Some months ago MotoUSA was able to get a short first ride on the 2013 Honda CB1100, and it left us wanting more time in the saddle to really get a feel for the bike. We praised it for its throwback looks paired with modern brakes, tires and electronics, but would the nostalgia wear off? To find out we spent several long days in the saddle with the CB getting to know the retro Honda in just about every situation that Southern California has to offer.
As a child of the late eighties, I didn’t get interested in street motorcycles until the first Gulf War had kicked off and MC Hammer was jumping around in parachute pants. And by the time I was able to get my motorcycle license on May 18th, 1992 at 8 AM, the last of the classic CB’s were relics. The styling, the engine and the performance did nothing for me as I lusted for CBR900RR and FZR600 replica-racers. I couldn’t be bothered with some air-cooled boxy lump of old tech.
Twenty-one years on and my tastes have matured, and I the can appreciate the Honda’s reboot of the CB. The squarish tank, the eighteen-inch Comstar-style wheels, the bread loaf seat and simple round headlight all look the part yet have a slightly better fit and finish. Retro is what’s hot right now; my peers are buying up late seventies and early eighties Japanese fours to tinker with. I’d rather ride, and that’s where the 2013 CB1100 really does the most for me. I get the looks, the sounds, similar engine performance and better handling, all with zero time scouring eBay, Craigslist, and forums for parts.
The CB1100’s air- and oil-cooled engine is fueled by a bank of 32mm FI throttle bodies and fires up with a touch of the starter button. The throttle is calibrated nicely and the engine responds with a usable spread of torque that is present almost right off of idle and carries through the mid-range. On top, the CB’s peak 84.02 horsepower at 7300 rpm isn’t staggering, but simply fun. The broad power character allows for easy modulation of the throttle and ham-fisted shenanigans are just shrugged off. Overall, the CB1100 is fast enough to be fun without being overwhelming for anyone. It’s mellow in the city and will put a smile on your face in the mountains.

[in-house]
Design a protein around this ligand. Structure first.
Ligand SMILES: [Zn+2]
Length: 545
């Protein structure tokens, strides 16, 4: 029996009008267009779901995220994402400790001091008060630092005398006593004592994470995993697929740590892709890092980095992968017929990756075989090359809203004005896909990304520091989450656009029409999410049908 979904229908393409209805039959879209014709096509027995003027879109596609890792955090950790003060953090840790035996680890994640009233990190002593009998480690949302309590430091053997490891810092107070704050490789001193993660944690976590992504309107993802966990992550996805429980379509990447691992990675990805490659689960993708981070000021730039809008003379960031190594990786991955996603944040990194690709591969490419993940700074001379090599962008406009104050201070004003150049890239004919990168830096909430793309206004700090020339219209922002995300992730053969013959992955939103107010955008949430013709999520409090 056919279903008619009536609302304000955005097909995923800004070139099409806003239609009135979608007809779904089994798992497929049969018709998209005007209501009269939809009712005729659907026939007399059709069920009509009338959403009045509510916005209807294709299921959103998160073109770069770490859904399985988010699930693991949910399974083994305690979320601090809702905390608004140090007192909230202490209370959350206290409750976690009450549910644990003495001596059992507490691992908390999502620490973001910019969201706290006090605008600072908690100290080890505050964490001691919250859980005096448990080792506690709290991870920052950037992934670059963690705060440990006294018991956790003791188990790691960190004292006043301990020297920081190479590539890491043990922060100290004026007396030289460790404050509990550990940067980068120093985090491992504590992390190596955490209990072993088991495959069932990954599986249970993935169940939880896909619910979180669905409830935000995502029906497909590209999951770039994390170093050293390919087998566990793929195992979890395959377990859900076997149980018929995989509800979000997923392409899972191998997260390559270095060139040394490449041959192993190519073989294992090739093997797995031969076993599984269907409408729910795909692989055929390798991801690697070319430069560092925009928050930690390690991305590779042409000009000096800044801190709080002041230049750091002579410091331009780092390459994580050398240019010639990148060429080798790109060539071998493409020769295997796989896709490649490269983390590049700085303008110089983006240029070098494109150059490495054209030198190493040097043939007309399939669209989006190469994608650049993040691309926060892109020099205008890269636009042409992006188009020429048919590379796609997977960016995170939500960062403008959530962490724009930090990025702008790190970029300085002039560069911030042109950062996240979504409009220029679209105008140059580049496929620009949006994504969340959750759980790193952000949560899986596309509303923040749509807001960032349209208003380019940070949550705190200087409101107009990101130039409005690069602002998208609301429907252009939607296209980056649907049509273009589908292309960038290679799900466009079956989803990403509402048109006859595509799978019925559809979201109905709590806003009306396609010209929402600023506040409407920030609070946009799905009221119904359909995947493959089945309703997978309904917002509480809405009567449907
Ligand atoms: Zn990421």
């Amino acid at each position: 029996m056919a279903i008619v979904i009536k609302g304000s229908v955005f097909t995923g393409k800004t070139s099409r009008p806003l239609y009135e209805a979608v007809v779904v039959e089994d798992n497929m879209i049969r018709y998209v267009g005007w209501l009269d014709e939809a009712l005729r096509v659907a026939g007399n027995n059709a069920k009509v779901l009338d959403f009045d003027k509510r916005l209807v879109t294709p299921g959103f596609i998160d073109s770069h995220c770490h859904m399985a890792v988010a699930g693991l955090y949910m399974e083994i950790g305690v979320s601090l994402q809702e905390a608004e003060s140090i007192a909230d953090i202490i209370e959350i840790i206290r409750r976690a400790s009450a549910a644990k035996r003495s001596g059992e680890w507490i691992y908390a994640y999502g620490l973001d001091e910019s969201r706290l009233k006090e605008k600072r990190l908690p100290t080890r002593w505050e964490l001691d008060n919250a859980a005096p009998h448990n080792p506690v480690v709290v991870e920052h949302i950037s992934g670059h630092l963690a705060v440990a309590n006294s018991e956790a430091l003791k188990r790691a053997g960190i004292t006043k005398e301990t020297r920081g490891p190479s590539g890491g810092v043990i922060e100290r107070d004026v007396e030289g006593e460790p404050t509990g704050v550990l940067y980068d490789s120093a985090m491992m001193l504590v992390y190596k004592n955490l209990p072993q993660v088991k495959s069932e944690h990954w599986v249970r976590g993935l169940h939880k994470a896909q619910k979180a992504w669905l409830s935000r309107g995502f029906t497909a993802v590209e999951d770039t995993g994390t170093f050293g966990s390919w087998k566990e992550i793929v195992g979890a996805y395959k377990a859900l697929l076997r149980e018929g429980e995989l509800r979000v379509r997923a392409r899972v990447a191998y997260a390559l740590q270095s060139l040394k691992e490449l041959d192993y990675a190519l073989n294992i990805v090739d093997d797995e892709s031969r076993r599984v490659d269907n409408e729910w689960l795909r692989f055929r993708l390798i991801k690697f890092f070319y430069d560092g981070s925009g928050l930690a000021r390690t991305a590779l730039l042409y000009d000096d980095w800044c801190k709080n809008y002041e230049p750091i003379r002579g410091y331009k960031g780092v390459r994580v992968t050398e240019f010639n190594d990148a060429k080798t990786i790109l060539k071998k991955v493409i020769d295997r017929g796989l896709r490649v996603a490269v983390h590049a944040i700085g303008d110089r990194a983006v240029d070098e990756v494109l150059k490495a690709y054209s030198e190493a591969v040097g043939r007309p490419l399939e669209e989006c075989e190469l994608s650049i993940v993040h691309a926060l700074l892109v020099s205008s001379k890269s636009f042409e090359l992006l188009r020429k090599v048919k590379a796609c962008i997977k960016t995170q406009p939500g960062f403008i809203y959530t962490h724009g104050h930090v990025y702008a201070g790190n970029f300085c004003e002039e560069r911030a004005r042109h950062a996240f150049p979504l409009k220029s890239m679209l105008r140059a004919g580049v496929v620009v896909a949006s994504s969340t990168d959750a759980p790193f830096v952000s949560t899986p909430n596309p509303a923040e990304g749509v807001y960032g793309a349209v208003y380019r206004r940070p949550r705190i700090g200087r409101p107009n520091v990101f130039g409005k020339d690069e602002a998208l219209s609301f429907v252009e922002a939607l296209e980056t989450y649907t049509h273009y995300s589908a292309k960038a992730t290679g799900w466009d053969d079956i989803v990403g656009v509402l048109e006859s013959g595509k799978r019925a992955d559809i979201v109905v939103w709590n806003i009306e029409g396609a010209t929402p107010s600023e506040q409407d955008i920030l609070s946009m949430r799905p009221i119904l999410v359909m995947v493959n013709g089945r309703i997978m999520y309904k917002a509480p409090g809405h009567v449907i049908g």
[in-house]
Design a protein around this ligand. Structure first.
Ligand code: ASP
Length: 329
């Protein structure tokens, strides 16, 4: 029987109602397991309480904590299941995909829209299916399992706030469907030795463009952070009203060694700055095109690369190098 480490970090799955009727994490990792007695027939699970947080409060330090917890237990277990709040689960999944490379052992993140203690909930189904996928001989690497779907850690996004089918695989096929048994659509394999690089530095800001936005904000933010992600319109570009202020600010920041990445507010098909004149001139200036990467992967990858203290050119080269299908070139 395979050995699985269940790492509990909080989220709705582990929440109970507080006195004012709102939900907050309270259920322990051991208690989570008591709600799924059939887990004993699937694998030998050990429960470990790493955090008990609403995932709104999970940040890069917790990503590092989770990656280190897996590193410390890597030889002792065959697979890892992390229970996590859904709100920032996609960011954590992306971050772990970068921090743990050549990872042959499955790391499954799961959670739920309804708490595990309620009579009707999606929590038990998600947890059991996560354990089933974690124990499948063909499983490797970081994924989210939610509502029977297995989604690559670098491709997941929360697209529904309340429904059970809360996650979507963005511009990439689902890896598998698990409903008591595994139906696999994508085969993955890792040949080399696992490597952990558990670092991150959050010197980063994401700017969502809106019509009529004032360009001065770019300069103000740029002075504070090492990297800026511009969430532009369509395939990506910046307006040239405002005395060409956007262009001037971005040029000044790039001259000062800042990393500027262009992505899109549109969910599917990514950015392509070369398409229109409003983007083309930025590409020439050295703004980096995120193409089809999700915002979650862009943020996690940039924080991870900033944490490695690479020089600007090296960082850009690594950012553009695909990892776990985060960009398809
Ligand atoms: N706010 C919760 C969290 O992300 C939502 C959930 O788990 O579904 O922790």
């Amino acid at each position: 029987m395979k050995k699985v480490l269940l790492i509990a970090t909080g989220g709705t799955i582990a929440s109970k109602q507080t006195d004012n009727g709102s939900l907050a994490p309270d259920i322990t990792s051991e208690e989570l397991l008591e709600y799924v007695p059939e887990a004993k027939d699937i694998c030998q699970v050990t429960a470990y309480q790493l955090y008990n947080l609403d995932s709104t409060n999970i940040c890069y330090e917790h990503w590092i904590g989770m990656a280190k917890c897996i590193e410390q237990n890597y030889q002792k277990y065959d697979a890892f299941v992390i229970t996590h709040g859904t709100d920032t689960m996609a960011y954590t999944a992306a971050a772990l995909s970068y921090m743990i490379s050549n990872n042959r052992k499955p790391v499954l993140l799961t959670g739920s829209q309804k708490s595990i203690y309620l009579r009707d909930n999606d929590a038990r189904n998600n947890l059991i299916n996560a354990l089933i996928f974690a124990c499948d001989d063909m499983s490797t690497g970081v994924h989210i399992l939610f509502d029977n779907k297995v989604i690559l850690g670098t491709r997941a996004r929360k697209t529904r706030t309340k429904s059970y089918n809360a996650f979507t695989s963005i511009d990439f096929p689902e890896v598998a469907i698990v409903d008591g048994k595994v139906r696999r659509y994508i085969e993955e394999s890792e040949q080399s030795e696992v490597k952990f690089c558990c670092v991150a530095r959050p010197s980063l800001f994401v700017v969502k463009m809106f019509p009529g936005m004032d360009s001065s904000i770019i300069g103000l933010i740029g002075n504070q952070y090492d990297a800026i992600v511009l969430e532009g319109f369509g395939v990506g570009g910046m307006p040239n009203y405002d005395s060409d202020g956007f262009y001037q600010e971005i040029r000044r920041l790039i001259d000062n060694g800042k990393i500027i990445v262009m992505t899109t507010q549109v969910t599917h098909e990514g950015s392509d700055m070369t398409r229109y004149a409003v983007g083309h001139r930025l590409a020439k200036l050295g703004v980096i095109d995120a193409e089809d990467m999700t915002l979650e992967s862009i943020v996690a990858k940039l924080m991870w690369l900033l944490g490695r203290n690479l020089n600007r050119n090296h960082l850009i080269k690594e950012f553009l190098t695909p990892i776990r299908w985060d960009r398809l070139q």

Clutch feel and shifting is as retro as the looks. Pull on the lever is light but does not have especially great modulation. Upshifts are slick until the revs approach redline. Then a bit more throttle chop and clutch work is necessary, particularly when stretching the CB’s legs between corners. Downshifts can also take a little more effort on the lever than would be expected. None of this detracts from the riding experience however and might actually add to it.
Comfort from the CB1100 is much better than would be expected from its twin-shock rear suspension and conventional steel tube frame. Even with only preload adjustment available on both the 41mm front fork and rear shocks, the suspension is settled and damped well. Rough patches don’t upset the chassis as you might expect and only when riding hard in bumpy corners will you wish for any sort of compression or rebound adjustability. For 95% of street duty the Honda is spot on.
Handling is light yet stable at the same time. The skinny by modern standard 18-inch tires dip into corners with a predicable ease. As one test rider summed the corning ability of the CB1100 – it just does. Getting the red retro Hondathrough a turn doesn’t take much thought; its just natural, like riding a bicycle as a kid.
Part of the neutral feel of the CB stems from the relaxed riding position. The reach to the bars allows for an upright torso with comfortable bend at the knees to slightly sporty peg position. This puts your body weight up high and helps initiate corners with a dip of the shoulders. In a straight line on the highway, the long cushy seat is capable of all-day rides without numbness or discomfort to your backside. Of course without a windshield and an upright seating position, air pressure at speeds over 80 mph can getting a bit tiring. Just slow down and enjoy the ride for once.
The one bit of the CB1100 that is light years ahead of its ancestors is its braking. Dual 296mm full-floating front brakes offer up modern performance with excellent feel and power. Out back the rear brake is a tad mushy in comparison to the front, but still more than capable of assisting your right index finger in hauling the Honda down from speed. The Combined Anti-Lock brakes on our test machine made panic stops and hard braking even easier with the confidence that all is sorted with a stomp and handful of binders. At times I wanted to cut some skids and act a fool but it was difficult with the combined brakes. Personally I’d go for the $9,999 model that forgoes the $1000 ABS option, but to be honest that is only for the fact that I like to screw around and ruin tires – a totally irrational viewpoint for sure. If I were recommending this bike to a friend, I’d tell them to get the C-ABS.
After a couple days on the 2013 Honda CB1100 the nostalgia did wear off, but it didn’t make the machine any less appealing. In fact, that goes to show how good the CB really is. The neutral handling, pleasant engine character and comfortable ride make the CB1100 a winner. The nostalgic cool is just icing on a very delicious cake.
Link to original article
Originally published in the July 2013 issue of Motorcycle USA.